From July to August 2013, we conducted a preliminary survey among the relevant faculties and research divisions. As the result of this survey, it was found out that there was great approval for the proposed Asian Research Library and that altogether 740,000 books and journals could be incorporated into the new library. The detailed breakdown of these materials is as follows. Books including reference works, statistical materials, and yearbooks: 364,000 (Japanese language materials: 78,000, Western language materials: 110,000, Chinese language materials: 133,000, Korean language materials: 18,000, Arabic language materials: 9,500); journals: 8,900 titles numbering 124,000 issues (alongside Japanese and Western journals, the collection includes 36,400 journal issues in Chinese and 11,500 journal issues in Korean); materials in classical Chinese: 250,000 (130,000 rare works, 120,000 general books).

Alongside the centralized management of holdings belonging to the various division libraries, we also seek to obtain donations and other financial resources for the purchase of Asia-related rare books and expensive collections. Further, we are planning to incorporate the private collections of faculty members who are retired or are about to retire into the underground automated storage and retrieval system as donated books and make them available for use by researchers.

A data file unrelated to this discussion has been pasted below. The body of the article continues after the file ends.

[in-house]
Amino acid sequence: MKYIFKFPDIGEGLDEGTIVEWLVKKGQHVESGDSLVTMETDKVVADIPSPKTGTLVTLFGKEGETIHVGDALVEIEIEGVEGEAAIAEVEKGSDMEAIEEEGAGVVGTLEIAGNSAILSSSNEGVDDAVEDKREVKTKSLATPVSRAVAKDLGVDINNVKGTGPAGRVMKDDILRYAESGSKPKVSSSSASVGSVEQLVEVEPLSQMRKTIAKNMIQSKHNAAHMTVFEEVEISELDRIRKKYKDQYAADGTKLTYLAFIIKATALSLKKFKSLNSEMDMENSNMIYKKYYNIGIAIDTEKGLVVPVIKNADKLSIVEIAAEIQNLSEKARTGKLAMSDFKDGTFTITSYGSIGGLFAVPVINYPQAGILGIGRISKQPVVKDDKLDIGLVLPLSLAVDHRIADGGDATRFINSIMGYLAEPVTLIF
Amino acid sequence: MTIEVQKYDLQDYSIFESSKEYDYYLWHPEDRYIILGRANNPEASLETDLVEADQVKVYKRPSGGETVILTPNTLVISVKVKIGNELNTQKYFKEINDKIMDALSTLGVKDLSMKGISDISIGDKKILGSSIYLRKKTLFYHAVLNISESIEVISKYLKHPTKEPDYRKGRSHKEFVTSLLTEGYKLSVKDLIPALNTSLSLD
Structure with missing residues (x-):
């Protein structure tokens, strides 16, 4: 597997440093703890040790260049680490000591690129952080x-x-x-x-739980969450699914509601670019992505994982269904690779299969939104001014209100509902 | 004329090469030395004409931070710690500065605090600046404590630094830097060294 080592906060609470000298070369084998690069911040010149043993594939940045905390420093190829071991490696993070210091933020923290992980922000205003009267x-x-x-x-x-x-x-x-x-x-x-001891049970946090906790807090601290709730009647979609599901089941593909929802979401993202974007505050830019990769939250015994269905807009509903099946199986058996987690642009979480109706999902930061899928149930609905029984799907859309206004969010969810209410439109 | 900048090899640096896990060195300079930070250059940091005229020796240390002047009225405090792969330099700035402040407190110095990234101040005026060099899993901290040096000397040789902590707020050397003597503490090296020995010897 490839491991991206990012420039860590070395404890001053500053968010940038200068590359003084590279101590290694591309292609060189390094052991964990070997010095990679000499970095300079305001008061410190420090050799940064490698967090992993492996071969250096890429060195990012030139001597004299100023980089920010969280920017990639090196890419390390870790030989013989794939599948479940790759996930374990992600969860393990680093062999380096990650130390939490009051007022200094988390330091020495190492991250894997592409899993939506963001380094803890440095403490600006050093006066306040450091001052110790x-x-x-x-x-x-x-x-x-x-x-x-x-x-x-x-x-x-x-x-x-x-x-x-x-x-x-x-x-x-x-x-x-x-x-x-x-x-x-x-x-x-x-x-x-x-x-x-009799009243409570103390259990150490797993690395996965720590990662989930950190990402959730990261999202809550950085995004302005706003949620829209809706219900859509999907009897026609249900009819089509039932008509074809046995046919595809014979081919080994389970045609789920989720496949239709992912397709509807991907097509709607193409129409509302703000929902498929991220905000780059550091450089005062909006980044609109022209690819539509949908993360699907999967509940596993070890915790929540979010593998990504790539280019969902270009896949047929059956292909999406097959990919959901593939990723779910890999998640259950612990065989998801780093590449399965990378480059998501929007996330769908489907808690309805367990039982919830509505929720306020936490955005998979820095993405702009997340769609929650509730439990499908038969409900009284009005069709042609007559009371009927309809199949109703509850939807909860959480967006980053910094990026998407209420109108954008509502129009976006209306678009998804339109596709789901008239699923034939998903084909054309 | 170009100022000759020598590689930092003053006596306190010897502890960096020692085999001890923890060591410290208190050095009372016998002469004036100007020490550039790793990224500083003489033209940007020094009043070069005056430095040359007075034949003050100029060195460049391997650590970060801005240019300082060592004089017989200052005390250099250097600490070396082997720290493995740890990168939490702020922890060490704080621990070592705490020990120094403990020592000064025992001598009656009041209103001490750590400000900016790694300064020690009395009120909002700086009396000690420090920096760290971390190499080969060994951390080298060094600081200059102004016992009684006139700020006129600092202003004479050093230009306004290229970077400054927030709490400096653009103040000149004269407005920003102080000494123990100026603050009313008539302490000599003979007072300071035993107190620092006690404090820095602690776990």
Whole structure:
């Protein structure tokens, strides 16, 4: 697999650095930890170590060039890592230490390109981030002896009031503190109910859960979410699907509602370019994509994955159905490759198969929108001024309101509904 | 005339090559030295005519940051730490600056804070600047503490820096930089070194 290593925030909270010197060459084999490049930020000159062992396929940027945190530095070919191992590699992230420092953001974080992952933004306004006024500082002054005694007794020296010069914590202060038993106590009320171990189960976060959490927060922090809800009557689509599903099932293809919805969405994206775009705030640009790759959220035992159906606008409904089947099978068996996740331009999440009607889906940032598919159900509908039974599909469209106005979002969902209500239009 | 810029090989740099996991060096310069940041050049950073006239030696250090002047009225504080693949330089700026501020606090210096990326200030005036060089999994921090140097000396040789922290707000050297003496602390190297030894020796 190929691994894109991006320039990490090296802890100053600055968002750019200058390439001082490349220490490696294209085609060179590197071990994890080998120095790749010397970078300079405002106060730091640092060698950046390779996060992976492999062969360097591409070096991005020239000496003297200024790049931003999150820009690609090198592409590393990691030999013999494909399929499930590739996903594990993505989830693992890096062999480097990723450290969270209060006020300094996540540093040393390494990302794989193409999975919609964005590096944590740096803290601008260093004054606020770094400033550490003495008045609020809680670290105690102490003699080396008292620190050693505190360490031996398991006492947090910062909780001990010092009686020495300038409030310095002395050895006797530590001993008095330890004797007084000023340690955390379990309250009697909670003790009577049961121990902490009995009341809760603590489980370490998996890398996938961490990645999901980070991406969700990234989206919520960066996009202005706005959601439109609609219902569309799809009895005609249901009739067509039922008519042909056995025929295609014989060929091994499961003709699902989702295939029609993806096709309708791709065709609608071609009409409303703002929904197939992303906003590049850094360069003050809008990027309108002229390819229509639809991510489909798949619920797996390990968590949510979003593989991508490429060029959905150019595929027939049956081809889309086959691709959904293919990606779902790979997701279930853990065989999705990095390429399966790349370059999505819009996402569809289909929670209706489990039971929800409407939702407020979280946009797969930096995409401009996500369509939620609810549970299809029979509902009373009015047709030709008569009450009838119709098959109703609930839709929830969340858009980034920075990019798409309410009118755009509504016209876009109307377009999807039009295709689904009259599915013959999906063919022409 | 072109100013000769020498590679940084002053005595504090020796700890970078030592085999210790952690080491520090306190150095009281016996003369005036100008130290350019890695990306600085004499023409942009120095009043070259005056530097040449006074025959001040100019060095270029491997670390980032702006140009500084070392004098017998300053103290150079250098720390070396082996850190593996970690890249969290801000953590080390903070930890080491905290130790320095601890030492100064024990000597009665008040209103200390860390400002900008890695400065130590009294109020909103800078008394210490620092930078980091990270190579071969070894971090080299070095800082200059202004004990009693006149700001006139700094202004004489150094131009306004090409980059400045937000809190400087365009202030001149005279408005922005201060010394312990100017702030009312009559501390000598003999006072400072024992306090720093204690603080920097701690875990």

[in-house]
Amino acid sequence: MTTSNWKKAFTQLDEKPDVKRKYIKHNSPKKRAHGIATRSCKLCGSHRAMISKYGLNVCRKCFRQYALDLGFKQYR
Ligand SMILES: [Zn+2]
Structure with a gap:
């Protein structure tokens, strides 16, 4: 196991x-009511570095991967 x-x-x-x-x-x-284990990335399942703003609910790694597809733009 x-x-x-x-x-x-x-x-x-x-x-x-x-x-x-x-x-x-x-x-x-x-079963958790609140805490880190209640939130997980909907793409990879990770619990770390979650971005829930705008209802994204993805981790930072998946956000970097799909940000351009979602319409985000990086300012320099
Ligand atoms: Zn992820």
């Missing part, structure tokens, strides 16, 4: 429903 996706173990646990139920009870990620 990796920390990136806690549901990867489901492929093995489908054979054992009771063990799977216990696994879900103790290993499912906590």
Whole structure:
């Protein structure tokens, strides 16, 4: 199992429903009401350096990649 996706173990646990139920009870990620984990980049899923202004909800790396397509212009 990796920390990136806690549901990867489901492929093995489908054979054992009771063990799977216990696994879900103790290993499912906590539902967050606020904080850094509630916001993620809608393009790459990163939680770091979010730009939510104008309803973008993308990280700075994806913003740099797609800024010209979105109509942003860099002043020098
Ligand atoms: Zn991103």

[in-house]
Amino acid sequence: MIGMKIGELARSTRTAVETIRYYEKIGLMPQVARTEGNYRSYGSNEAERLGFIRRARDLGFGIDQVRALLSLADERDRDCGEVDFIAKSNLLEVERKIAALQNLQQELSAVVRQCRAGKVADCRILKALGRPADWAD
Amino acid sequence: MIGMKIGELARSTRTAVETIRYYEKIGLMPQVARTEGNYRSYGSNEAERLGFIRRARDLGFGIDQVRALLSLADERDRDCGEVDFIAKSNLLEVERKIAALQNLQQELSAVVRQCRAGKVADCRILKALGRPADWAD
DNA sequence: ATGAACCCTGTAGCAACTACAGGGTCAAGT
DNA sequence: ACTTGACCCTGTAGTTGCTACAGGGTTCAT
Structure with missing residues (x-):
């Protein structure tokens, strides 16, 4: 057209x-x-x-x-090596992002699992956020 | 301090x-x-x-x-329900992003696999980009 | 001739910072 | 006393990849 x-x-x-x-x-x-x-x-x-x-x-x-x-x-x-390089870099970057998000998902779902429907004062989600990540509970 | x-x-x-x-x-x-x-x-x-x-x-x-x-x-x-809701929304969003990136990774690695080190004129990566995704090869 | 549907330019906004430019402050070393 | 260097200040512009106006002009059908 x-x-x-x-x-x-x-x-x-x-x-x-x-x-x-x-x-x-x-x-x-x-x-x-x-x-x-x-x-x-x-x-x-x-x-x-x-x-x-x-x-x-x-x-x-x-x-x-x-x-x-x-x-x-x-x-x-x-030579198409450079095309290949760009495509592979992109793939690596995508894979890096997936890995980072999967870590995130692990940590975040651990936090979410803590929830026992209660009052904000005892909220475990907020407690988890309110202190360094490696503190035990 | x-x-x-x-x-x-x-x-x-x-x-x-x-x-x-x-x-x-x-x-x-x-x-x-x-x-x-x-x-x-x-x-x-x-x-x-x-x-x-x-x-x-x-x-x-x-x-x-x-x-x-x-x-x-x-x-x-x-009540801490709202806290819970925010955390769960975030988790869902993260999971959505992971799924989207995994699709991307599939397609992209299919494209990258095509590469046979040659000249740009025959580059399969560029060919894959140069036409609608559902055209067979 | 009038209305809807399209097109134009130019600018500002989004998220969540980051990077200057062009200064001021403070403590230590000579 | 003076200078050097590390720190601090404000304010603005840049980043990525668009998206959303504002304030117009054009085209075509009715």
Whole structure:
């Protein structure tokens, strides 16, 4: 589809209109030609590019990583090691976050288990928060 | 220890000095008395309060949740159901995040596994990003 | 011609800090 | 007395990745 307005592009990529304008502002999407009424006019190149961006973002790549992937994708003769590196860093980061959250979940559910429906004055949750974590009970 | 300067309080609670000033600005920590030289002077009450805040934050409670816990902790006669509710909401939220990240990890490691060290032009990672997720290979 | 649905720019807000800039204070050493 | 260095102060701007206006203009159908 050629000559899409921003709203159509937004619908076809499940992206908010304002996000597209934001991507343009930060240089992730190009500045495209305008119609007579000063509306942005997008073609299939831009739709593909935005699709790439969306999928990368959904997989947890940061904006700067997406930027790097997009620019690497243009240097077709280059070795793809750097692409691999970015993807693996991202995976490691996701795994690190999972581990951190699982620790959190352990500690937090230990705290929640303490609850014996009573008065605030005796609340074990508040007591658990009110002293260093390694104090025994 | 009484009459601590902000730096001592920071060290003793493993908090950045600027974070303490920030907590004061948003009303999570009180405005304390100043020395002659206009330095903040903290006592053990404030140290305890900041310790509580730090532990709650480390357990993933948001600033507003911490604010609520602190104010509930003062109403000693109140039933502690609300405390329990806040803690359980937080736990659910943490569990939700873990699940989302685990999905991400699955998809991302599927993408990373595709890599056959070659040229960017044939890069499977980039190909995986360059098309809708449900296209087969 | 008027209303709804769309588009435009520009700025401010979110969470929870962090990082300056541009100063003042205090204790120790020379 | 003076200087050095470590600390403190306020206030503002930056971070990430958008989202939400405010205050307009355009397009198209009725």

There are many issues to be addressed in order to guarantee the smooth creation and operation of the Asian Research Library. Based on what criteria will books be selected for inclusion in the open stacks on the fourth floor of the General Library? How will the journals and private collections to be included in the underground automated storage and retrieval system be handled and made available for prompt viewing? Who will be responsible for ordering materials in the various local languages and how will this be done? How will the subject librarians be trained? As we are setting our aims high, the multitude of tasks to be accomplished seems quite daunting. However, if these issues can be overcome and the establishment of the Asian Research Library realized in the near future, then this will undoubtedly signify the birth of a specialized Asian studies library that can stand representing Japan next to others of its kind in the world. Further, I believe that if it were possible to link up the services provided by the Asian Research Library at the University of Tokyo with the other aforementioned libraries in Japan, this would mark a further step for Asian studies in Japan.

We intend to use the website of the University of Tokyo New Library Project and that of U-PARL division, to provide up-to-date information related to the project and ongoing activities. We are looking forward to receiving your support in our endeavor and welcome frank opinions regarding the Asian Research Library. (December 25, 2013)